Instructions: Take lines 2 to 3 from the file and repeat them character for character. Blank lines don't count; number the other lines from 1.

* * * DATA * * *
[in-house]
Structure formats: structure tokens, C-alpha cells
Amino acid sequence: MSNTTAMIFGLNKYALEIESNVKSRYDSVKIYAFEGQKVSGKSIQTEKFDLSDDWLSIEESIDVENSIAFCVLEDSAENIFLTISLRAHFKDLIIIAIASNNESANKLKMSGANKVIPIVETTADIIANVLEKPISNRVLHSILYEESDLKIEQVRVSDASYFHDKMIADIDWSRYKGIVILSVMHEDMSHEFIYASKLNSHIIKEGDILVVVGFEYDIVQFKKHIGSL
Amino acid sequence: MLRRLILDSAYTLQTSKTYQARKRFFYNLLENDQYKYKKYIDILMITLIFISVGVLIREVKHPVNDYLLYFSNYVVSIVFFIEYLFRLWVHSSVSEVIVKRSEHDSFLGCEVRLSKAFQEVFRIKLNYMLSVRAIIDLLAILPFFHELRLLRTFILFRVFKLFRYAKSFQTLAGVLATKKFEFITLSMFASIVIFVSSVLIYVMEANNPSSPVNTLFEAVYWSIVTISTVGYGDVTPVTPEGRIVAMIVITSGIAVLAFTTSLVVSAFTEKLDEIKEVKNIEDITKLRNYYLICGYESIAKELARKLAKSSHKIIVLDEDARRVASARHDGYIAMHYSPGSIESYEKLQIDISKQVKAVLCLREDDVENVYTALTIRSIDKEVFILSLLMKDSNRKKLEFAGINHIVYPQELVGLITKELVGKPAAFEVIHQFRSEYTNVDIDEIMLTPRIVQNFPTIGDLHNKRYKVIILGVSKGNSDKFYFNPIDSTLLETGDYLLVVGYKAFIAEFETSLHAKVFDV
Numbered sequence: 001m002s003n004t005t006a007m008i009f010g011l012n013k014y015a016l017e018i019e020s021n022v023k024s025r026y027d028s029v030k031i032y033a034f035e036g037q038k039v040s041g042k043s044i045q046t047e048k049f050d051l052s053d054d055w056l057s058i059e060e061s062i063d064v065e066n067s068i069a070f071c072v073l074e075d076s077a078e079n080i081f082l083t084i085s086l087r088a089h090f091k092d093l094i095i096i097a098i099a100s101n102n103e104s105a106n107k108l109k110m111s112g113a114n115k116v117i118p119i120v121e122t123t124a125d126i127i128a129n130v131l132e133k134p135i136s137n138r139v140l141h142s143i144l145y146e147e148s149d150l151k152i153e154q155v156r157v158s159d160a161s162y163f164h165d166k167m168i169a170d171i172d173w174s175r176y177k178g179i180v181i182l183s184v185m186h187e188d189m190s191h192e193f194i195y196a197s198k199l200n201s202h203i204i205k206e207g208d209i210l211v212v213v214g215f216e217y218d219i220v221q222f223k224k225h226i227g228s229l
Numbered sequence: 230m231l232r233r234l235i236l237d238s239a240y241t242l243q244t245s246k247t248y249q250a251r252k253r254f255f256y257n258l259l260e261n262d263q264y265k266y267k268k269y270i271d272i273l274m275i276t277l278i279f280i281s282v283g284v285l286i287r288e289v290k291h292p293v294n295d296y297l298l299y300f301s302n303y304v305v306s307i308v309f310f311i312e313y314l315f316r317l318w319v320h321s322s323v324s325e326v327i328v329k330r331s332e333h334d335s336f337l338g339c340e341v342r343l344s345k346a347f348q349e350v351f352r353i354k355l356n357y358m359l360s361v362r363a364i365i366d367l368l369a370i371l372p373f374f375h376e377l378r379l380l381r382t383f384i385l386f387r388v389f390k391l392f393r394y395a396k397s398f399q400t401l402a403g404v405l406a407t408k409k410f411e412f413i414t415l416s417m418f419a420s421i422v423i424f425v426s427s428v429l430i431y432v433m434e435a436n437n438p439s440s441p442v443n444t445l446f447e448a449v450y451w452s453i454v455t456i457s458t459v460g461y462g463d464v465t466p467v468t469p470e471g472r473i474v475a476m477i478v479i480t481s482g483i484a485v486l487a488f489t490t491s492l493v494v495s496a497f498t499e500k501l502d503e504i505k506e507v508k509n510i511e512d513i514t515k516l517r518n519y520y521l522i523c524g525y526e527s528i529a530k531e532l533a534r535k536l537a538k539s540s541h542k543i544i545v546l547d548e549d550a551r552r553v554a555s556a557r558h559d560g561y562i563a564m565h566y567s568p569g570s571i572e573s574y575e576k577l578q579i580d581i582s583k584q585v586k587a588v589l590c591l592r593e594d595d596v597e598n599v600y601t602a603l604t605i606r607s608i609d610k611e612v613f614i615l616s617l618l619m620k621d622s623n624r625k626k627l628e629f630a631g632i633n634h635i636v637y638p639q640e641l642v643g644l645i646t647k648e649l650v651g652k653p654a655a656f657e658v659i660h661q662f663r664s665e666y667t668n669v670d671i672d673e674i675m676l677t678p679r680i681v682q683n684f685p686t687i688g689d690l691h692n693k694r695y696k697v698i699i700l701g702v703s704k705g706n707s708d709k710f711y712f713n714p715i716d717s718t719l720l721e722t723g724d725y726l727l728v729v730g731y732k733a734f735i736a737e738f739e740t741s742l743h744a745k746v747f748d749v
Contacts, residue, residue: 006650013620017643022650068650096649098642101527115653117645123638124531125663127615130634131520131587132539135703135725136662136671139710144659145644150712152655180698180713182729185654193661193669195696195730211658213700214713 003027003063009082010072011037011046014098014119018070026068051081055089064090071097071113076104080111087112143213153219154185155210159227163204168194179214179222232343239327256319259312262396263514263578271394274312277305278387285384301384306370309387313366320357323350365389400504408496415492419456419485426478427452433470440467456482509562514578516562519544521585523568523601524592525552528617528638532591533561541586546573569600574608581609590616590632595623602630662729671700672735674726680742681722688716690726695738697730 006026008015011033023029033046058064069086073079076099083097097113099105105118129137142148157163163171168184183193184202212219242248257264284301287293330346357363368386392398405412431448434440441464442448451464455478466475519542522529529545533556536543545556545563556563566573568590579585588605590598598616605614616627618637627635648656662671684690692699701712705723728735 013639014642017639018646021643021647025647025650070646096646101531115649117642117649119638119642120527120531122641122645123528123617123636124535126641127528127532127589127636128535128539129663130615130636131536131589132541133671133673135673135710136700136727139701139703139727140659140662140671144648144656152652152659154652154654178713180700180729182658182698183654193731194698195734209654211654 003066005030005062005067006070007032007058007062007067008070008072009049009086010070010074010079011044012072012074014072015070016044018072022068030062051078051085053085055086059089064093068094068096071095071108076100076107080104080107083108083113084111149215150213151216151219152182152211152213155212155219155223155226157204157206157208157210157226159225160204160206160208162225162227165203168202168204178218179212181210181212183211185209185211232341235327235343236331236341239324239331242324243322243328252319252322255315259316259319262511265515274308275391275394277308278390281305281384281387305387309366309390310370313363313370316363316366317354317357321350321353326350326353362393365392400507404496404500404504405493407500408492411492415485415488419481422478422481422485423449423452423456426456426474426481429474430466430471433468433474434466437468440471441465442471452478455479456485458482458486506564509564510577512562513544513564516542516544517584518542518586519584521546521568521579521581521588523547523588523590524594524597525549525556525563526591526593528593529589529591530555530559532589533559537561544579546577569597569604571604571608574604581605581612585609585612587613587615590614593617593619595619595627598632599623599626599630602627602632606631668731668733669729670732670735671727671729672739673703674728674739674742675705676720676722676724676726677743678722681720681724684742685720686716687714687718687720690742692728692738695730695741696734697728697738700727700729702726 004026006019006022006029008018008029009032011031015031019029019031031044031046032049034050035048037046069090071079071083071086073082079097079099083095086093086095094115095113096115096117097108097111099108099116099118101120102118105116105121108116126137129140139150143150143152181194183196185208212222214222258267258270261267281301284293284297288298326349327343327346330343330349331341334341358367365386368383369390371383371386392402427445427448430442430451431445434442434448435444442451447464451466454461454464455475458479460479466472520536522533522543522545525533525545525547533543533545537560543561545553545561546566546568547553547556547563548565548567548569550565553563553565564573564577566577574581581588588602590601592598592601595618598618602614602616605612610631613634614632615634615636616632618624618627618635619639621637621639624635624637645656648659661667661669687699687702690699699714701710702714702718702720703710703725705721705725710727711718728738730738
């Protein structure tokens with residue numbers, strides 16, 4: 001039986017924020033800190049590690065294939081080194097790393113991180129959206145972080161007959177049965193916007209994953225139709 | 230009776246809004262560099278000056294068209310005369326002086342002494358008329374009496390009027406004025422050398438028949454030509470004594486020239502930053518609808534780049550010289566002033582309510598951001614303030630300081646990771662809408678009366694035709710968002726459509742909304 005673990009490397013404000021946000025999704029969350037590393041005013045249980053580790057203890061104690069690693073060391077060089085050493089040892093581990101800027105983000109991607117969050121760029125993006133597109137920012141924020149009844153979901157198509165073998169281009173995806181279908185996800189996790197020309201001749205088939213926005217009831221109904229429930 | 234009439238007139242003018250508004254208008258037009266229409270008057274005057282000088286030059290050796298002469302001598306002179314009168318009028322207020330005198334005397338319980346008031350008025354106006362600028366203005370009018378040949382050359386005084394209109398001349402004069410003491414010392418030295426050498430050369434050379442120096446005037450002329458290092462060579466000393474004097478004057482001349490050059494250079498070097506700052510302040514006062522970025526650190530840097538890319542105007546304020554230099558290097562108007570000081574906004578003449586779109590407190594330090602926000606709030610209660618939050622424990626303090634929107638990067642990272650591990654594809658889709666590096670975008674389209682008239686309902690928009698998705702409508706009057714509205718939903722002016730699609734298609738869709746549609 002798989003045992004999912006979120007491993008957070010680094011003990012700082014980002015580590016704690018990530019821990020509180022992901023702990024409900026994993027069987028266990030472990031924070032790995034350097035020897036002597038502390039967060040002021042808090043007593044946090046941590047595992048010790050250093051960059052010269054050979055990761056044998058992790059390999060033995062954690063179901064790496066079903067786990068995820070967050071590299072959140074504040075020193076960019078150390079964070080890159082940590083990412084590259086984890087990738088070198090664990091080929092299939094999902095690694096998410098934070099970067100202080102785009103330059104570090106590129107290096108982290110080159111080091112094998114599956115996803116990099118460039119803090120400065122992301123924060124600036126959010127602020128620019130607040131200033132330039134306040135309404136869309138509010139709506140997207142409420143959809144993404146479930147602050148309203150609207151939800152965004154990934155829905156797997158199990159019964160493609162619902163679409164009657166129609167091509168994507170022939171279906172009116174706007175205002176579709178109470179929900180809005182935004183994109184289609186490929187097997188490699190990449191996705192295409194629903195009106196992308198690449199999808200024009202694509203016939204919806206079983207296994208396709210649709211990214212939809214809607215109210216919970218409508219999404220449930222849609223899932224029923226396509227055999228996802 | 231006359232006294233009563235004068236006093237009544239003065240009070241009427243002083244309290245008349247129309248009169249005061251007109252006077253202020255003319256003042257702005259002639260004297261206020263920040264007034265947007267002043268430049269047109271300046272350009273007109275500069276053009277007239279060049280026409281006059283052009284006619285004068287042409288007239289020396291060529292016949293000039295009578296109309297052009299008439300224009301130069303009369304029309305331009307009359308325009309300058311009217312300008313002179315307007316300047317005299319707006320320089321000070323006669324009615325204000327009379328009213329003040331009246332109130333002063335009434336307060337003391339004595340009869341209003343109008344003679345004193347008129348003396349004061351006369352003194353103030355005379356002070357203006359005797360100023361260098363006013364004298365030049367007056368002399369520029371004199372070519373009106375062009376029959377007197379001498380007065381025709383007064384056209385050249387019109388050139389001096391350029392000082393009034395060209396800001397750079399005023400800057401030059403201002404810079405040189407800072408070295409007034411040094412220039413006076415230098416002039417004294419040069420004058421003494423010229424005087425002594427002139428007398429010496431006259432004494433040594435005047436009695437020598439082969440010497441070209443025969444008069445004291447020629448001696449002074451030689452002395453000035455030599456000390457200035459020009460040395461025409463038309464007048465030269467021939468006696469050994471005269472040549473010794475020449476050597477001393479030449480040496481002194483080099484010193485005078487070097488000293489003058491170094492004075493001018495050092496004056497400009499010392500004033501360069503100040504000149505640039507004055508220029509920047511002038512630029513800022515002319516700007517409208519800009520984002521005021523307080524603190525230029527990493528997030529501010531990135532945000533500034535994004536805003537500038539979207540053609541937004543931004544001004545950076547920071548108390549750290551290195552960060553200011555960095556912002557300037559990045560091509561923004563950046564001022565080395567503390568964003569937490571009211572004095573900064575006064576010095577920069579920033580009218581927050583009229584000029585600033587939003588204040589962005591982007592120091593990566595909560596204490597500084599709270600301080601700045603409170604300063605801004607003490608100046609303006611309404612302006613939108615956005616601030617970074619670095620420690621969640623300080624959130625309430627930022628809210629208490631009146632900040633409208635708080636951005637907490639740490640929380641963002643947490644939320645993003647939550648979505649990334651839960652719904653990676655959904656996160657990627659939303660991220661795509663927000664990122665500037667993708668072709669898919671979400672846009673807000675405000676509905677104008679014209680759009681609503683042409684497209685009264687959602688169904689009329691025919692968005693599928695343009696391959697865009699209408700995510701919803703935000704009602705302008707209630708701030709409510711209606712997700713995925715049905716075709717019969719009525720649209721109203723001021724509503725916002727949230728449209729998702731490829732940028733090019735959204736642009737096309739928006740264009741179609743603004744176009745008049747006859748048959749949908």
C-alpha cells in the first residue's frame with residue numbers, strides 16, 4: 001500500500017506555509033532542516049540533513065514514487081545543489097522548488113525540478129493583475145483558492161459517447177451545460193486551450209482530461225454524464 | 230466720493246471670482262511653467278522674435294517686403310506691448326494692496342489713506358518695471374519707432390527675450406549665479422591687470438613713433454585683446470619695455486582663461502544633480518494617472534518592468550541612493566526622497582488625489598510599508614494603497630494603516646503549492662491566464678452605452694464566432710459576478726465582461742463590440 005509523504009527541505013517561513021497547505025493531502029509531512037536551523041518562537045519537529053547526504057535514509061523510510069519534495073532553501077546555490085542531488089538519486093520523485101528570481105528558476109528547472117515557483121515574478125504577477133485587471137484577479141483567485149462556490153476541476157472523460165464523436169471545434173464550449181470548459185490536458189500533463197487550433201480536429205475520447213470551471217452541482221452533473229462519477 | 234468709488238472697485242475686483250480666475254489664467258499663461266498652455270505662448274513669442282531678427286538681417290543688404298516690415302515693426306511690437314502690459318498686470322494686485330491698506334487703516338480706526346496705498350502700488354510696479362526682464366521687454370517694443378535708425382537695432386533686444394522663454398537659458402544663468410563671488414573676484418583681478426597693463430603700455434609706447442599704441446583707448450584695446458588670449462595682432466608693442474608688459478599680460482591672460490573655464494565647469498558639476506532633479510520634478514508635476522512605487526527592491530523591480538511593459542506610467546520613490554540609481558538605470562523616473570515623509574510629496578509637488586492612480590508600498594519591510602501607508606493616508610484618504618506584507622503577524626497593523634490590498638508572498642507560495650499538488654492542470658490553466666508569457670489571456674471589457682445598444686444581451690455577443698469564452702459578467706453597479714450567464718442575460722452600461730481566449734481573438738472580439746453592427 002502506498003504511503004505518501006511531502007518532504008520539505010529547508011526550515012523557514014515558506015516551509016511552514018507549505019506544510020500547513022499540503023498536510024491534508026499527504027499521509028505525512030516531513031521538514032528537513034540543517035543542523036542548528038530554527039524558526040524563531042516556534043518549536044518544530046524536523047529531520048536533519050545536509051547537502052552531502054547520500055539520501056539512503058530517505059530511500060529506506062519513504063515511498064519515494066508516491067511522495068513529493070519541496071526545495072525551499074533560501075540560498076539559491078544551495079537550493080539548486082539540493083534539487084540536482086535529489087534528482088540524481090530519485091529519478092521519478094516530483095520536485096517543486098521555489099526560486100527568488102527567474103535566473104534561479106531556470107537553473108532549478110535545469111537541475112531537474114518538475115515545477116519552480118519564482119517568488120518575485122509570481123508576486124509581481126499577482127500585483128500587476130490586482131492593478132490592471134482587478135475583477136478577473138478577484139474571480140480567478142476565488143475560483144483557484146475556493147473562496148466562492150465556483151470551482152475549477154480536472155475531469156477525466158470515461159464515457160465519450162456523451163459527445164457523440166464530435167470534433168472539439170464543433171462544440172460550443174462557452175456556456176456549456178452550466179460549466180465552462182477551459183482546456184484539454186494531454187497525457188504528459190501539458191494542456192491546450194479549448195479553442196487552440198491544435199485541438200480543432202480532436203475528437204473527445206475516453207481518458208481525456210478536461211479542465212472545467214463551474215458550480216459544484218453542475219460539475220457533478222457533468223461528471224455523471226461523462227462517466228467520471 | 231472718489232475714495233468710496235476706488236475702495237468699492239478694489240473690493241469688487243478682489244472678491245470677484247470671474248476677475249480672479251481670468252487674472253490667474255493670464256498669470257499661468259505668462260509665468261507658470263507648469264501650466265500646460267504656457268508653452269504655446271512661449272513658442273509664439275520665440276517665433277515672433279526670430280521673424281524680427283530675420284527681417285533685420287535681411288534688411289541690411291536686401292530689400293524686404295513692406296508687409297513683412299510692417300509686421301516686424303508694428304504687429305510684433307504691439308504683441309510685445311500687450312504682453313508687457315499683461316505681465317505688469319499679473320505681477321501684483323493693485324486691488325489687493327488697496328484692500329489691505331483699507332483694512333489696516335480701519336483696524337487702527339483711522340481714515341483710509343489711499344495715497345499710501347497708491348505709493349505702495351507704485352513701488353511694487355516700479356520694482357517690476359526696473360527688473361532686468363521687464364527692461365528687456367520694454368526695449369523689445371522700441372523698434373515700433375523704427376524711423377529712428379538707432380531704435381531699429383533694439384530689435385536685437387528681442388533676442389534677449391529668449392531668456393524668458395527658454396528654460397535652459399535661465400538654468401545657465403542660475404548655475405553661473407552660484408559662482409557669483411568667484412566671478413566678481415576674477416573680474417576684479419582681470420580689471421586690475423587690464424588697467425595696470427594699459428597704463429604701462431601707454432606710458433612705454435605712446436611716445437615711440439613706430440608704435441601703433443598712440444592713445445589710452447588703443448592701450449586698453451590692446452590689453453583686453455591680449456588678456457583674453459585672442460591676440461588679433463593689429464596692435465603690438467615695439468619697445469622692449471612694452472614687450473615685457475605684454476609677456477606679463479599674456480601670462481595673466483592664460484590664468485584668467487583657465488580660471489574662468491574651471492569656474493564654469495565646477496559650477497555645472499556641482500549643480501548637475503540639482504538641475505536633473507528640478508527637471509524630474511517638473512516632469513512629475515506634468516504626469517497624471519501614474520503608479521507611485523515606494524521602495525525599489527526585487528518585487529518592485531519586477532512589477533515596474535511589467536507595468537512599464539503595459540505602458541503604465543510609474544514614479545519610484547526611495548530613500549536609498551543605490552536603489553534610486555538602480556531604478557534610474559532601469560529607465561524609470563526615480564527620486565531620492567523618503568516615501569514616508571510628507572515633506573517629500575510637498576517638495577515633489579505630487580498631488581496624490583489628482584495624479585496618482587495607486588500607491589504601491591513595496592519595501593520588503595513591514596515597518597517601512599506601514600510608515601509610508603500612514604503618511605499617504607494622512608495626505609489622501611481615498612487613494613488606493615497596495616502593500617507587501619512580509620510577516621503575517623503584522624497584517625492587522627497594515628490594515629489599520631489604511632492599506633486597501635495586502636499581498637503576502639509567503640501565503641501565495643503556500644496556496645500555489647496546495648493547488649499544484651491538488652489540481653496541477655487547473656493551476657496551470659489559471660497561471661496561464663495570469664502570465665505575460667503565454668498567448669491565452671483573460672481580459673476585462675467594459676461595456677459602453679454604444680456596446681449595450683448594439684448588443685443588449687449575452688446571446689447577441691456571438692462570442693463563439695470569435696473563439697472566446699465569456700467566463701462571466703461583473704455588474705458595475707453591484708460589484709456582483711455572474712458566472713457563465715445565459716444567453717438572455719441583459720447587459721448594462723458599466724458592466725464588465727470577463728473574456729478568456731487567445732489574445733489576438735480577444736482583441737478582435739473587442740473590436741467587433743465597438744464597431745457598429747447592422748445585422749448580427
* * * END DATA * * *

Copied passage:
Structure formats: structure tokens, C-alpha cells
Amino acid sequence: MSNTTAMIFGLNKYALEIESNVKSRYDSVKIYAFEGQKVSGKSIQTEKFDLSDDWLSIEESIDVENSIAFCVLEDSAENIFLTISLRAHFKDLIIIAIASNNESANKLKMSGANKVIPIVETTADIIANVLEKPISNRVLHSILYEESDLKIEQVRVSDASYFHDKMIADIDWSRYKGIVILSVMHEDMSHEFIYASKLNSHIIKEGDILVVVGFEYDIVQFKKHIGSL